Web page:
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The Xeelee Sequence, by Stephen Baxter, is a sprawling series of novels and short stories all set within the same universe.

In the far future, mankind expands out into a hostile universe, filled with intelligent species as weirdly varied as they are ruthless. Above them all, however, are the top dogs of the universe: the Xeelee, the god-like de-facto rulers of the universe. The various novels in the "sequence" follow various threads, such as Earth being invaded and occupied by bizarre aliens, or a hopeless war between mankind and the Xeelee, along with various other stories concerning humanity's place in a relatively bleak universe.

Overall, the Sequence is a loosely connected series, covering literally billions of years of history with later stories expanding the scope to include literally the entire history of the universe, from beginning to end. The main connecting thread throughout all the novels are the Xeelee's enduring presence and influence on the history of the universe and mankind. The series has a definite chronology, but the novels and short stories were published in Anachronic Order. However, all of them can be read as individual stand-alone stories.

Novels in the Xeelee Sequence:

  • Raft: An accident strands a group of humans in a universe where gravity is much stronger.
  • Timelike Infinity
  • Flux
  • Ring
  • Vacuum Diagrams (short story collection)
  • Reality Dust (novella)
  • Riding The Rock (novella)
  • Mayflower II (novella)
  • Starfall (novella)
  • The Destiny's Children sub-series
    • Coalescent
    • Exultant: During mankind's Third Expansion, Pirius the Greenship pilot and his friends pull off a bold tactic to capture a Xeelee and its Nightfighter. Returning to the past, he and his younger self are not welcomed as heroes but rather tried as criminals and learn more about the dark side of their government than they ever wanted to.
    • Transcendent
    • Resplendent (short story collection)
Tropes used in Xeelee Sequence include:

  • Abusing the Kardashev Scale For Fun and Profit: The Xeelee have absolute mastery over the entirety of all baryonic matter in universe. Entire galactic clusters are just bricks to these guys.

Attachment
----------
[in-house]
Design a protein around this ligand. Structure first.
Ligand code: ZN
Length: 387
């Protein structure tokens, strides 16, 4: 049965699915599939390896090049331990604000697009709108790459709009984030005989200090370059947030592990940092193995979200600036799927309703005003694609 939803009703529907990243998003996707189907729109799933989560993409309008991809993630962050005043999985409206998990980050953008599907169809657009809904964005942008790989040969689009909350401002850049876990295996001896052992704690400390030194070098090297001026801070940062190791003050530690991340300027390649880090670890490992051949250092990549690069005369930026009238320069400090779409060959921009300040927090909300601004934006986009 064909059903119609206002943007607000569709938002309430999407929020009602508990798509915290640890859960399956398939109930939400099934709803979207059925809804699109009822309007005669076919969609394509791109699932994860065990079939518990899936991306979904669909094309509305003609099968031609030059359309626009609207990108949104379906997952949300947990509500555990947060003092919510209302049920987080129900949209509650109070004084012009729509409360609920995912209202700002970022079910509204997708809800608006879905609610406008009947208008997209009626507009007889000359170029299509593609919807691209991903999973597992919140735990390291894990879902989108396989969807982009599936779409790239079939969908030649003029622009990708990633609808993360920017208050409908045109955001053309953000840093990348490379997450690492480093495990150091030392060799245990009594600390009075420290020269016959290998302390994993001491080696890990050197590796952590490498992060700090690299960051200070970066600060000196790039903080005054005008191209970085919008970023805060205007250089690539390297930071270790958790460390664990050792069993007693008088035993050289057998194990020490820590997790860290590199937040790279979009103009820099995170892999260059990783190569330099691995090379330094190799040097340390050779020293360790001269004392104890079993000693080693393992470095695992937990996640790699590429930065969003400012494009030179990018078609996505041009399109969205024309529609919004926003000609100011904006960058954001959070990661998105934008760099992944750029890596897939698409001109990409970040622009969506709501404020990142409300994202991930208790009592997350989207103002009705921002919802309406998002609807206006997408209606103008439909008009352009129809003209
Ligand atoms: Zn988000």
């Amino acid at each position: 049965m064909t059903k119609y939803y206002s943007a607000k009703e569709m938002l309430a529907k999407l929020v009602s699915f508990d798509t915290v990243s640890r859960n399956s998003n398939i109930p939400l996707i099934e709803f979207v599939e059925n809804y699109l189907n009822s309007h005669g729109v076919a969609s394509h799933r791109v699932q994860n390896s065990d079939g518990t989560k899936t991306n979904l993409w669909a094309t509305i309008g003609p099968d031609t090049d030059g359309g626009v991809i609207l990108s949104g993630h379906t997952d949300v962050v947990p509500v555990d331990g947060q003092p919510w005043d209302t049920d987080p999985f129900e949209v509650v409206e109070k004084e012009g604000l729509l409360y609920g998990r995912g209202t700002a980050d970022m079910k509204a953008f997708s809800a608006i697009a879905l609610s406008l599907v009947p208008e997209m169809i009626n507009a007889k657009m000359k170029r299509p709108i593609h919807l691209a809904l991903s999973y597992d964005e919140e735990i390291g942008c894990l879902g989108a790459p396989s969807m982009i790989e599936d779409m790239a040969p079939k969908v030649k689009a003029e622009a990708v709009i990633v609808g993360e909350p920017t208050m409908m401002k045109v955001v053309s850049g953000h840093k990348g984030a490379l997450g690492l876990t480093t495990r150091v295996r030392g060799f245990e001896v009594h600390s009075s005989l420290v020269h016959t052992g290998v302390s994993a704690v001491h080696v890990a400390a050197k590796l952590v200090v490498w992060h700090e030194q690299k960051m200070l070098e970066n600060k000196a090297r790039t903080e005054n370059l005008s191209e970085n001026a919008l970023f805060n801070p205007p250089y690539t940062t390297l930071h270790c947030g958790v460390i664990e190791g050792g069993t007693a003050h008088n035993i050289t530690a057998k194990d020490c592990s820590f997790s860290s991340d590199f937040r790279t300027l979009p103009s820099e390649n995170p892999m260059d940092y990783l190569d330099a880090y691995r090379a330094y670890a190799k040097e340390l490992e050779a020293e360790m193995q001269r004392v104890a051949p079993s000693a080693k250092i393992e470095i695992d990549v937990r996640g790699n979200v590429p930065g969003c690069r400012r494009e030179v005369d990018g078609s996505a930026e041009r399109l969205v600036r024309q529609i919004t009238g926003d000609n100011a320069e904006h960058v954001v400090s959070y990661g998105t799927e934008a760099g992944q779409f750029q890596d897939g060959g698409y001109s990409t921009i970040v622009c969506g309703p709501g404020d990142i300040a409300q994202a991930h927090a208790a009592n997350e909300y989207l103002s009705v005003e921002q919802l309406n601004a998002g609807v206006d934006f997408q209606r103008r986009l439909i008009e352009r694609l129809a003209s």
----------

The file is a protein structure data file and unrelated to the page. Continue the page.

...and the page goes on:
• Future humans make it to Type III and try to attack the Xeelee by shooting a whole neutron star at them like a bullet. The Xeelee brush this off as though it were insignificant.
    • There's also the Photino Birds, creatures of dark matter against whom the Xeelee fight a multi-billion year existential war and lose, who have absolute mastery over all the dark matter in the universe (which outmasses regular baryonic matter by about 9 to 1).
  • Aliens Are Bastards: Played straight with some species. Averted (more or less) with the Xeelee, who go out of their way to prevent extinction of other sentient lifeforms, even humanity, which repeatedly attacked them.
    • Also averted with the Silver Ghosts, who are much less aggressive than humanity (except the Black Ghost) but unfortunately end up in the path of the Third Expansion.
  • Anti-Villain: The Xeelee have such a bizarre morality due to their Technological Singularity and obscene age that it's impossible to say if they're even truly malevolent towards races they dislike.
  • Ace Pilot: Jim Bolder, hence his being entrusted with a Xeelee nightfighter by the Qax, with bad results. For them.
  • Beyond the Impossible: By the time of Exultant humanity has converted almost the entirety of the Milky Way into an industrial war machine with which they are engaging in a multi-millenial pan-galactic campaign against the Xeelee. Still, the Xeelee view this as roughly the equivalent of an especially persistent cockroach infestation, and think of humanity as little more than pond life.
    • Celestial bodies up to and including entire galaxies used as projectiles? Megastructures millions of light years across? Handguns that can destroy stars? Aliens altering the value of Planck's constant simply in order to build a faster computer? Stephen Baxter was rocking this trope before it was mainstream.
    • In a different vein, the Interim Coalition of Governance is the Imperium from Warhammer 40000...only (arguably) worse.
  • Big Damn Villains: The Qax are tricked into fulfilling this role at the end of the final story in Vacuum Diagrams, distracting the photino birds long enough for the last of humanity to escape through the Ring.
  • Big Dumb Object: The novels feature an object called "Bolder's Ring", built by the titular aliens; it's constructed out of the remains of galaxies (later revealed to be cause of the real life "Great Attactor"[1]) and is essentially a black hole that has been stretched into a one-dimensional loop millions of light years in length. It's eventually revealed to be an escape route for the Xeelee from the Universe, by means of tearing a hole in spacetime through the middle of the ring via the unimaginably strong gravitational forces created through its rotation.
    • Also, the "Sugar Lump" - a perfect cube the size of a small moon, which appears to serve no purpose whatsoever. Later is revealed to be one of many identical devices which sent the Xeelee back in time to essentially create themselves using a Stable Time Loop.
  • Bond Villain Stupidity: The Qax could have saved themselves a lot of trouble if they had simply exterminated humanity.
  • Child Soldiers: Most of the main characters in Exultant.
  • Colony Drop: There's the extreme colony drop option where a Neutron Star is accelerated to high fraction of light speed and smashed into Bolder's Ring (see Big Dumb Object above).
  • Cool Ship: Xeelee nightfighters, which can travel at near-lightspeed even before they fire up their hyperdrive, by flapping wings made of folded space-time.
  • Crapsack World: Millions of years of humanity in a massive Hopeless War of attrition against the Xeelee who are also fighting a race of dark matter beings who want to render the universe unfit for baryonic life (like humanity). They lose. First the humans, than the Xeelee.